Stealth is a frequent requirement in military applications and involves the use of devices whose signals are difficult to intercept or identify by the enemy. The silent sonar concept was studied and developed at the Department of Marine Electronic Systems of the Gdansk University of Technology. The work included a detailed theoretical analysis, computer simulations and some experimental research. The results of the theoretical analysis and computer simulation suggested that target detection and positioning accuracy deteriorate as the speed of the target increases, a consequence of the Doppler effect. As a result, more research and measurements had to be conducted to verify the initial findings. To ensure that the results can be compared with those from the experimental silent sonar model, the target's actual position and speed had to be precisely controlled. The article presents the measurement results of a silent sonar model looking at its detection, range resolution and problems of incorrect positioning of moving targets as a consequence of the Doppler effect. The results were compared with those from the theoretical studies and computer simulations.
The secretiveness of sonar operation can be achieved by using continuous frequency-modulated sounding signals with reduced power and significantly prolonged repeat time. The application of matched filtration in the sonar receiver provides optimal conditions for detection against the background of white noise and reverberation, and a very good resolution of distance measurements of motionless targets. The article shows that target movement causes large range measurement errors when linear and hyperbolic frequency modulations are used. The formulas for the calculation of these errors are given. It is shown that for signals with linear frequency modulation the range resolution and detection conditions deteriorate. The use of hyperbolic frequency modulation largely eliminates these adverse effects.
Stealth in military sonars applications may be ensured through the use of low power signals making them difficult to intercept by the enemy. In recent years, silent sonar design has been investigated by the Department of Marine Electronic Systems of the Gdansk University of Technology. This article provides an analysis of how an intercept sonar operated by the enemy can detect silent sonar signals. To that end a theoretical intercept sonar model was developed with formulas that can numerically determine the intercept ranges of silent sonar sounding signals. This was tested for a variety of applications and water salinities. Because they are also presented in charts, the results can be used to compare the intercept ranges of silent sonar and traditional pulse sonar.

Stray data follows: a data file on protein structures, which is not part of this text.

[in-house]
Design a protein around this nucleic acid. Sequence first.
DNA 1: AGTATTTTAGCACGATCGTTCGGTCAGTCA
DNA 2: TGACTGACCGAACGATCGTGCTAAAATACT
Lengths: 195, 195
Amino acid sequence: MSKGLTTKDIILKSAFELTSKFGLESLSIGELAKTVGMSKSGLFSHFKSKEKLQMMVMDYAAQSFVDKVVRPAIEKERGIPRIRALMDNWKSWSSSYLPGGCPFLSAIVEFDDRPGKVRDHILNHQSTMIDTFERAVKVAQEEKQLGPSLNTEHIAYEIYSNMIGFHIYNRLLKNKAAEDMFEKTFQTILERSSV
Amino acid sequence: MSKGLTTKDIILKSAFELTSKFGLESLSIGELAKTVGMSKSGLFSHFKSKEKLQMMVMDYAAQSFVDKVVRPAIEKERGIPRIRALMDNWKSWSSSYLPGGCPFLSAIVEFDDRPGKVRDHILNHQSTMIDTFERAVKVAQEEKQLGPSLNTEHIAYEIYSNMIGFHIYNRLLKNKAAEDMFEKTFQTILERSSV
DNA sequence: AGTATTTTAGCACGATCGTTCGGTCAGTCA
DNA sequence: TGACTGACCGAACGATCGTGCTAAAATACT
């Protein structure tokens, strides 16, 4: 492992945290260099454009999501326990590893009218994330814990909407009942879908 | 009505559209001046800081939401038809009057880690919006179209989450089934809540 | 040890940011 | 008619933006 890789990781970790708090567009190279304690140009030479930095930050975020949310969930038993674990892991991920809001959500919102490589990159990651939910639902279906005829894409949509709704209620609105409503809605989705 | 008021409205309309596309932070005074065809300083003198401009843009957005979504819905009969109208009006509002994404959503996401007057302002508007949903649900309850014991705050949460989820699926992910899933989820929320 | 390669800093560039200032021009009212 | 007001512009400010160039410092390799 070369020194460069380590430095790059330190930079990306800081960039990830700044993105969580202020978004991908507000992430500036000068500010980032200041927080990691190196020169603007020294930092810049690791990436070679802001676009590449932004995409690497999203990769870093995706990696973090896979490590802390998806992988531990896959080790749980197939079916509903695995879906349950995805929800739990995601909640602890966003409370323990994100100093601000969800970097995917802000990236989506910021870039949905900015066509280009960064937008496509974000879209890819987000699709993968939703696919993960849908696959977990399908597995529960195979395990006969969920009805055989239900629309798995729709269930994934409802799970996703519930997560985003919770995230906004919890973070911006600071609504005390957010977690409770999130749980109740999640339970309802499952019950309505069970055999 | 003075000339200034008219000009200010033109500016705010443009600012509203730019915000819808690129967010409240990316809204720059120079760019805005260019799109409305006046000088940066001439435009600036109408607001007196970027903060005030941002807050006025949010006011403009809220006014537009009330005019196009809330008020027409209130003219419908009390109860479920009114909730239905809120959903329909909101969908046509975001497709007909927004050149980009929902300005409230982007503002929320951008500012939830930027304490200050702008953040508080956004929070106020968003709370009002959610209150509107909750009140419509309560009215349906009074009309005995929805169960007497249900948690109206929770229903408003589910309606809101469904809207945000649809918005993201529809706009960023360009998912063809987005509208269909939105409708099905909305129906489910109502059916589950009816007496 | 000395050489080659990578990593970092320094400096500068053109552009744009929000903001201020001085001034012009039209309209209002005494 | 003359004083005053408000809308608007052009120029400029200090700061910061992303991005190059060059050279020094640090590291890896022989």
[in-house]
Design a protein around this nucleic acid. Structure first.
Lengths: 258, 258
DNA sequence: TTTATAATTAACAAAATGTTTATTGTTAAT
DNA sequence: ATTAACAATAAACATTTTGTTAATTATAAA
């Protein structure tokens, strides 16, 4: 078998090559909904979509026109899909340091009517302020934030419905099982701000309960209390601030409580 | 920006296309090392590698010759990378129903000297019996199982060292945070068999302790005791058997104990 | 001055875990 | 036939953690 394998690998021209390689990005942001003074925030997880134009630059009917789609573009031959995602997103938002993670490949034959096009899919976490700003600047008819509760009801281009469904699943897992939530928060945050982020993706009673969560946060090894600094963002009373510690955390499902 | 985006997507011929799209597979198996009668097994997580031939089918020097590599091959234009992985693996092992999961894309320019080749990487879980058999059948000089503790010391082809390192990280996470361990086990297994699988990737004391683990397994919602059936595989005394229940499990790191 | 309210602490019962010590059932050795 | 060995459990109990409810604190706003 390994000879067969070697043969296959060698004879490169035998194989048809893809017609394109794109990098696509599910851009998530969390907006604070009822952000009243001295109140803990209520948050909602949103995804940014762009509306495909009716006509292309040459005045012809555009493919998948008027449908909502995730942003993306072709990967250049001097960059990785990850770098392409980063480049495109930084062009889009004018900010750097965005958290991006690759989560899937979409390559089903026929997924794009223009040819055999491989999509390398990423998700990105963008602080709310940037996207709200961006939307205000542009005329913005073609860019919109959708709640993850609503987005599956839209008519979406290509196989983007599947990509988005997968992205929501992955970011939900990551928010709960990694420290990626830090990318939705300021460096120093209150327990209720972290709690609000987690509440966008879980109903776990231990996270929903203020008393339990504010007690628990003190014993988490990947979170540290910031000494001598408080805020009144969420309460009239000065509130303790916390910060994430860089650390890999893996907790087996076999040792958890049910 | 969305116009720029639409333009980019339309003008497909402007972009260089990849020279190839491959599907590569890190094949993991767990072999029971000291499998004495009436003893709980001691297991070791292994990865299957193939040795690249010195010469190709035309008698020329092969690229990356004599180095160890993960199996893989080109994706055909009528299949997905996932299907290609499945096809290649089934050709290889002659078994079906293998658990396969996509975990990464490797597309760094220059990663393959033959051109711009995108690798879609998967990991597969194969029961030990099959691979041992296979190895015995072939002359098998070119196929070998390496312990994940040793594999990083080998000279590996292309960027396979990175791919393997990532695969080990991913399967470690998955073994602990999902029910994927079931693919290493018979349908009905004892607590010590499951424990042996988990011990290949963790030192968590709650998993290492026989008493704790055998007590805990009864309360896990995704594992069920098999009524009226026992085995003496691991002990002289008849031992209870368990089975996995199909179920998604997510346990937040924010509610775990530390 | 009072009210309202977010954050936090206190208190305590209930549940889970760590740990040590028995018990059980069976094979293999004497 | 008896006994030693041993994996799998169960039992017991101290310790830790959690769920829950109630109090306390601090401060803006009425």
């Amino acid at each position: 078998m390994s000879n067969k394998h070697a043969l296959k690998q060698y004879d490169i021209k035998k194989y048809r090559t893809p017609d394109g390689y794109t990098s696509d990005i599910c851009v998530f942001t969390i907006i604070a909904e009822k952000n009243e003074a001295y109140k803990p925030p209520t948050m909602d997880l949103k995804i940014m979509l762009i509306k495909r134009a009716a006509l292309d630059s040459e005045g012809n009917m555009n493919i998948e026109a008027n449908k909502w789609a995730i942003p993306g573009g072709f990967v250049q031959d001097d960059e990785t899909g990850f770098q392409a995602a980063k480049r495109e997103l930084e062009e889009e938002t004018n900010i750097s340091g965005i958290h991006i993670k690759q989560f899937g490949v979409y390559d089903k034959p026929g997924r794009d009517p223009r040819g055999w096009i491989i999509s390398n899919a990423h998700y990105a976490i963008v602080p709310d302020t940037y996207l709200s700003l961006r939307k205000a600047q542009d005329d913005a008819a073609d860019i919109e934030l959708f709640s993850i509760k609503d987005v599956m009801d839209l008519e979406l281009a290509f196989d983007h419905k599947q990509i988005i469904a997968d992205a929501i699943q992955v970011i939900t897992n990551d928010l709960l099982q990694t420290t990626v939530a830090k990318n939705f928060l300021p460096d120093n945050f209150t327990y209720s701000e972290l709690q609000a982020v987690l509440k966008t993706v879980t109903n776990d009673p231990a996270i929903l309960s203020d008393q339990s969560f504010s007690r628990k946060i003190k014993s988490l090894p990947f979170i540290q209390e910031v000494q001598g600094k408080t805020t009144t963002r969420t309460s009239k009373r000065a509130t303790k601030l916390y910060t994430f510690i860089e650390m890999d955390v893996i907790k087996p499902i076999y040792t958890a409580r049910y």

The article presents methods that help in the elimination of mutual clutter as well as the consequences of two FM sounding signal sonars operating in the same body of water and frequency band. An in-depth analysis of mutual clutter was carried out. The effects of sounding signal differentiation were determined, as was the Doppler effect on mutual clutter suppression. One of the methods analysed is of particular interest in a situation in which collaborating sonars are operating in opposite frequency modulation directions. This method is effective for both linear and hyperbolic frequency modulations. A formula was derived, identifying exactly how much quantities of clutter may be lessened. The work included comprehensive computer simulations and measurements as well as tests in real-life conditions.
The understanding the influence of biological processes on the characteristics of the signals backscattered by the sea floor is crucial in the development of the hydroacoustical benthic habitat classification techniques. The impact of the microphytobenthos photosynthesis on the acoustical backscattering properties of the Atlantic sandy sediments was previously demonstrated by Holliday et al. (2004) and Wildman and Huettel (2012). To account for the sensitivity of the hydroacoustical classification techniques to the backscattering properties of local marine sediments, it is important to understand the microphytobenthos photosynthesis impact for the Baltic Sea where the techniques are being actively developed now. This is the main motivation of the paper. In the paper the influence of the microphytobenthos photosynthesis on the characteristics of the echo signals reflected by sandy sediments in the typical Baltic temperature and the salinity conditions is discussed. The interdisciplinary multiday laboratory experiment was conducted to study the impact of benthic microalgal photosynthesis on the characteristics of the echo signal reflected by sandy sediments. Hydroacoustical data were collected under controlled constant light, temperature and salinity conditions. The oxygen content at different levels of the water column was simultaneously monitored.